Sunday, September 11, 2016

The Calais Refugee Camp

The latest U.K. contribution is to the refugee humanitarian crisis is to build the “Great Wall of Calais” – a two-mile long 13ft high barrier to prevent the entry of asylum seekers. The so-called Calais “Jungle” is Europe’s biggest shantytown. Police stand at all main entrances of the makeshift settlements. Militarized French security personnel control access to the camp. The international authorities and U.N. organizations do not officially recognize the camp but the French police control all movement. The presence and demeanor of the police creates an intimidating atmosphere.

The inhumane and unsanitary living conditions – numerous dead rats on the muddy roads, waste accumulating on the ground, running raw sewage and horrendous, overflowing chemical toilets – are a perfect recipe for disease and general malaise.

Escaping their war-torn, poverty-struck homelands, the refugees are possessed by a dream but they soon discovered that their dreams of finding such safety in Europe did not correspond with their daily experiences in Calais. The dream of Europe has led these people to a bitter disillusion. When refugees land on European soil, they must face the hardships of ruthless politics that render them unwanted and disposable. The squalid living conditions, unsafe environments, ruthless treatment and the tightening of borders have not stopped the movement of people from the Middle East and Africa into Europe – quite the opposite. In August, the total population reached 9,100, with an average of 70 newcomers arriving in Calais camp every single day. It is the highest population in the camps in recent years.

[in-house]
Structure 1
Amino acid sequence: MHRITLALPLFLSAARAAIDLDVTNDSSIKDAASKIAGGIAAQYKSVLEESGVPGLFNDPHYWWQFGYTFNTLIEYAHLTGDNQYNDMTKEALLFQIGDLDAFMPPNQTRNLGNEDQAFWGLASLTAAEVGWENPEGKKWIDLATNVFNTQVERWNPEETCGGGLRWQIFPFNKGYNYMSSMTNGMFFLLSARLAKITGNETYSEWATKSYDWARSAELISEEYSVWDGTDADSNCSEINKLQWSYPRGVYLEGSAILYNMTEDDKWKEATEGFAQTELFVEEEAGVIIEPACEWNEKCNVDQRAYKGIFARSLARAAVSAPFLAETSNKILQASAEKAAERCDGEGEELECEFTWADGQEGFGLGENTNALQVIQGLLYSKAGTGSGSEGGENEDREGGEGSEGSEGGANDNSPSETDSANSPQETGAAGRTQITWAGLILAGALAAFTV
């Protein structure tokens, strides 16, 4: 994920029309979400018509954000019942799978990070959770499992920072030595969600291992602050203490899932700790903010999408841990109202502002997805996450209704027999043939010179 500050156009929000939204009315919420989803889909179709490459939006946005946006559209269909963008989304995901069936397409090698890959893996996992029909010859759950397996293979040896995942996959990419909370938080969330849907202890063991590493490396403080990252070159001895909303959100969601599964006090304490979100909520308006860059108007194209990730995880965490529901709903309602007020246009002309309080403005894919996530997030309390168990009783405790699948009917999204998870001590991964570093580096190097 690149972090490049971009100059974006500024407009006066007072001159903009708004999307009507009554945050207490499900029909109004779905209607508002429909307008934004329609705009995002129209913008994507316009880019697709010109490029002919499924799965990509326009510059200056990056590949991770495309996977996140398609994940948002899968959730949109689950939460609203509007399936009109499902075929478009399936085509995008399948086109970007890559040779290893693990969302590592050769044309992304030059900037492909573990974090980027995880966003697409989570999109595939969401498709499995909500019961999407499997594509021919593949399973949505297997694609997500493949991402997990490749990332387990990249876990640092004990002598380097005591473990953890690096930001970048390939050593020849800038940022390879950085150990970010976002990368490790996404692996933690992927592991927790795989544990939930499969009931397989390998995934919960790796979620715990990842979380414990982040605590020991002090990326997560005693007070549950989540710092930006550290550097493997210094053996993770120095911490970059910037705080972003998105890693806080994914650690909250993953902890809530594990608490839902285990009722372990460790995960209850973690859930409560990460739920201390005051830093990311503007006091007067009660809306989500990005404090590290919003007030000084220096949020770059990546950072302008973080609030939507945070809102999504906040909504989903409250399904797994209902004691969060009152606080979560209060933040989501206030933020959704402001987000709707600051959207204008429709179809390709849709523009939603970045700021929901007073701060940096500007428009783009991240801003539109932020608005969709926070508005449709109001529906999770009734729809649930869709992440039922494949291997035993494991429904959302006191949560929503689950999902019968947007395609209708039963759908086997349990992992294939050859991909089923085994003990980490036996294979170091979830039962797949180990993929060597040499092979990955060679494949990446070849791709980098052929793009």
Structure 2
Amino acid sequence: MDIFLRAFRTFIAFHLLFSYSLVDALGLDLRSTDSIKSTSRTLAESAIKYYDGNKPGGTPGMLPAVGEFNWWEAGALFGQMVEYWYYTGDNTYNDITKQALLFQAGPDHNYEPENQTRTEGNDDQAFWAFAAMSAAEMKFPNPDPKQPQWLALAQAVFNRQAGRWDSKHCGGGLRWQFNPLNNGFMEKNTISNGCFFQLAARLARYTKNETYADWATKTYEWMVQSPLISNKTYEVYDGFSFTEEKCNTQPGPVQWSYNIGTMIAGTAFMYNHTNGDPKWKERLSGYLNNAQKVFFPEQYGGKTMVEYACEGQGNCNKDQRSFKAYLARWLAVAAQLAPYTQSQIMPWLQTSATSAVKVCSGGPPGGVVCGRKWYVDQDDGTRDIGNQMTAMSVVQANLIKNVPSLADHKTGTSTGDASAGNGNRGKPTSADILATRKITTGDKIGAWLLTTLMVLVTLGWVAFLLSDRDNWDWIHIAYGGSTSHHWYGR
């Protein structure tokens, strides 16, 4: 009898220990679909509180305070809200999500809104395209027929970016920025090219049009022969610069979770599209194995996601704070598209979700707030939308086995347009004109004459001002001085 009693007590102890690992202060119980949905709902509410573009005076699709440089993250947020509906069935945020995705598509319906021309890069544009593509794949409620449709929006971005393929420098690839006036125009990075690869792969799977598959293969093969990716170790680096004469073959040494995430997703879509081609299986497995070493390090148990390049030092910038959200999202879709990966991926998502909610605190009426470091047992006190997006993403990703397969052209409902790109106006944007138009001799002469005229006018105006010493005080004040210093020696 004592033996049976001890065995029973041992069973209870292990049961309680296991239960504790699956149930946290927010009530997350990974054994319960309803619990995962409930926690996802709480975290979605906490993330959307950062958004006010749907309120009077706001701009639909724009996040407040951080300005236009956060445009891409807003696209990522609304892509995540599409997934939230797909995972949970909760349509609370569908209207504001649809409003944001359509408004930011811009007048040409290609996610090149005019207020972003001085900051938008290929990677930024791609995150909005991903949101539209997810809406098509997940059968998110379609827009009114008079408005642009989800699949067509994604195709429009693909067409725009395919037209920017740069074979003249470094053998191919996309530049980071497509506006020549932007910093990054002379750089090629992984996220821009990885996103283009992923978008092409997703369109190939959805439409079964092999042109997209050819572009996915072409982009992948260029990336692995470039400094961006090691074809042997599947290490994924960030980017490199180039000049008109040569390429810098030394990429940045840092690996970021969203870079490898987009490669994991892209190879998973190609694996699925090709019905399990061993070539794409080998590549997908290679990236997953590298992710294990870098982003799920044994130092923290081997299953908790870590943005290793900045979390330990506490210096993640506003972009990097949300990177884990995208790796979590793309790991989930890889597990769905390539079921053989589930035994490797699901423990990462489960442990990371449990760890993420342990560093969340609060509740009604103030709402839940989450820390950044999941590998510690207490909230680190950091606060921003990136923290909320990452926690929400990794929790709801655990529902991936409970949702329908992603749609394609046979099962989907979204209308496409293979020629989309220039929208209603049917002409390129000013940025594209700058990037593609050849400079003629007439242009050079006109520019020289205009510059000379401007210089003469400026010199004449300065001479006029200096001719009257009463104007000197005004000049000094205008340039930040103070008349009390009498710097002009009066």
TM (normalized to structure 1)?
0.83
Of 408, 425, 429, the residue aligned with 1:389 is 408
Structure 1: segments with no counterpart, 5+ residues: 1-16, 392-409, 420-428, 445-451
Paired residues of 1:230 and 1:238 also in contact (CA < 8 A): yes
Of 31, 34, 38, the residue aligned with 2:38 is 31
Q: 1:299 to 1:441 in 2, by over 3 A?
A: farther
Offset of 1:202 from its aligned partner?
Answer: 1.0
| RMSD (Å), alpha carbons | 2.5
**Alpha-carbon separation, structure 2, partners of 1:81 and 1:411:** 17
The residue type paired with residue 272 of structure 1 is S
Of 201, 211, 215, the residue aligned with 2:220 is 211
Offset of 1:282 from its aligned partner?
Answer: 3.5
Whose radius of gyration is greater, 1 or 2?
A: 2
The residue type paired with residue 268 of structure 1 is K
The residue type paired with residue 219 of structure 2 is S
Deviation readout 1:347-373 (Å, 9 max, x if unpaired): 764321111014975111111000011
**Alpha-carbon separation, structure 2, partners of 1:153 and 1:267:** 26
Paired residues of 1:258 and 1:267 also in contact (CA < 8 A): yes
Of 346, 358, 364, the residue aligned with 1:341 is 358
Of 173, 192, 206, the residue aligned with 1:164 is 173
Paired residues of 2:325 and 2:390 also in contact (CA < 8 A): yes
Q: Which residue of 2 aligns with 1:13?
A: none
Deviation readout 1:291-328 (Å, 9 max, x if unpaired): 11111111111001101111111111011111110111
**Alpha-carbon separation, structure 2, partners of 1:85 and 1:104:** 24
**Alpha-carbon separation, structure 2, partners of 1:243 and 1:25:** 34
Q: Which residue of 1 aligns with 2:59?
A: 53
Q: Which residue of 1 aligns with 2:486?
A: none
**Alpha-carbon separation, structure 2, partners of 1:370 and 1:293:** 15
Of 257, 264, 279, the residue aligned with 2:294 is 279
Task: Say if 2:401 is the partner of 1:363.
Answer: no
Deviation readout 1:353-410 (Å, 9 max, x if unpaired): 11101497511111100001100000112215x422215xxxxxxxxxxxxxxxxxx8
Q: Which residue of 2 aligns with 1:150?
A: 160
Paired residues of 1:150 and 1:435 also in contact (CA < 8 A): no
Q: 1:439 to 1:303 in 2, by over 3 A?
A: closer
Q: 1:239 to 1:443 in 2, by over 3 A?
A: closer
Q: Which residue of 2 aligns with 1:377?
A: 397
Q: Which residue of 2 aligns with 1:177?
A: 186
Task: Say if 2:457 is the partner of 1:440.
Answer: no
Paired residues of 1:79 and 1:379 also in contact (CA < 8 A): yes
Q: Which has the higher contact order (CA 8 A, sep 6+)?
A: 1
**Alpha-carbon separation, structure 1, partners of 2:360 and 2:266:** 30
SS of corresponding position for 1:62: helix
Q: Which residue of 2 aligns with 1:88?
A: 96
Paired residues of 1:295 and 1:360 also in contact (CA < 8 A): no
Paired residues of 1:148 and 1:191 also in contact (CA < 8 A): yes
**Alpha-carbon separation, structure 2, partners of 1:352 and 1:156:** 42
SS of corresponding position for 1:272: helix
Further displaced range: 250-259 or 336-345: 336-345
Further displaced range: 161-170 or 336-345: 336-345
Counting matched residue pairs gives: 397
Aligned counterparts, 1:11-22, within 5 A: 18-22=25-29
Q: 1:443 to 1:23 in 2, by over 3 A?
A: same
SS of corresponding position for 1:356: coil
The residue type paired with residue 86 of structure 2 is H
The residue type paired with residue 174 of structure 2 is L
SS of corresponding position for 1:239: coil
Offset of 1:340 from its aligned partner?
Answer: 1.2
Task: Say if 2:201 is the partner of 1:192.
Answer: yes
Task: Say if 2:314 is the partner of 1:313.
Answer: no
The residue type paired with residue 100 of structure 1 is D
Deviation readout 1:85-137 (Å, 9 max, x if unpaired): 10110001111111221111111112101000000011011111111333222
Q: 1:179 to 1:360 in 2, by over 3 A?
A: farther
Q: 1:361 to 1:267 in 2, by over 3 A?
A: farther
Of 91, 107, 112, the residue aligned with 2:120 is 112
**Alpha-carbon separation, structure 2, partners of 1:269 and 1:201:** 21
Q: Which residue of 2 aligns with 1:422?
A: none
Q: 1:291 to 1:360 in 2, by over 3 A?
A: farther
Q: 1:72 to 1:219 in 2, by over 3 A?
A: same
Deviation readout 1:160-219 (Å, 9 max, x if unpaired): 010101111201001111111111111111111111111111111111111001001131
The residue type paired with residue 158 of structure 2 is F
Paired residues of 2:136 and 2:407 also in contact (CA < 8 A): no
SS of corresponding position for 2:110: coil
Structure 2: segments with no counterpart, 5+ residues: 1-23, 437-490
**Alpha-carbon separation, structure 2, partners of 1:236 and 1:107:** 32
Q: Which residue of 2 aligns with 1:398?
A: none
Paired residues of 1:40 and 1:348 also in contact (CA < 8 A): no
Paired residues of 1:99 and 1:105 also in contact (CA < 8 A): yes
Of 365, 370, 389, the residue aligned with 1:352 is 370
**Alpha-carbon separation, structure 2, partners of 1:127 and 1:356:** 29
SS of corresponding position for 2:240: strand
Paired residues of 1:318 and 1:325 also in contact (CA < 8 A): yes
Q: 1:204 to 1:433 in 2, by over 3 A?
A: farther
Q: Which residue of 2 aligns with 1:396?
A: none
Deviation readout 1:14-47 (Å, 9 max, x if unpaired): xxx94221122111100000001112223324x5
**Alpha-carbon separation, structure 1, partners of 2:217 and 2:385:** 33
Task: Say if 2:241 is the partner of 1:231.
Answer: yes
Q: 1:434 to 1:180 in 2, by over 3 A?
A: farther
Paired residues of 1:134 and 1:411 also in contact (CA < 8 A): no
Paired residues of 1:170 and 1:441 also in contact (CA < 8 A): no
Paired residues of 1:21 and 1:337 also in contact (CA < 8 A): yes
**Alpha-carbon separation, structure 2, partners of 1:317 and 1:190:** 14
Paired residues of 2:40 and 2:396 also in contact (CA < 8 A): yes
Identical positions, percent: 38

Countless evictions have taken place in the past. The last eviction occurred in March 2016, when French demolition teams destroyed hundreds of shelters and community structures in the southern part of the camp. With the help of volunteers and organizations, refugees and migrants relocated their shacks to the northern part. As a result, density in the northern half has increased, and along with it, tensions, conflict and disease. In July, riot squads destroyed the communal heart of the camp when they confiscated food, water and documents from refugees and shuttered community restaurants. The French authorities even seized food from the free restaurant for children. This has led to more hungry, dejected people, adding pressure on already overburdened organizations that serve meals to them. Calais’ mayor, Natacha Bouchart, recently announced plans to dismantle the entire camp. In repeatedly uprooting already forcibly displaced populations, authorities not only legitimize violence against people fleeing war zones and famine, but also re-traumatize them. Besides promoting the message that refugees and migrants are unwelcome and unwanted, such strategies destabilize social cohesion and community structures. The community restaurants offered much more than traditional meals and hot drinks. They were safe havens for disfranchised people. These restaurants created an inviting environment, where the residents could socialize, share food and converse. In such spaces, a sense of community, normality, connection and support were present. In the face of hopelessness and conflict, social spaces enable a feeling of belonging, while sustaining at least the minimal levels of humanity and sanity for thousands who are subjected to dehumanization on a daily basis.

These political actions are clearly meant to tell people: “You don’t belong here.” Dismantling the camps in Calais will not make them disappear. They will simply re-emerge, perhaps in a different space, but with the same needs.

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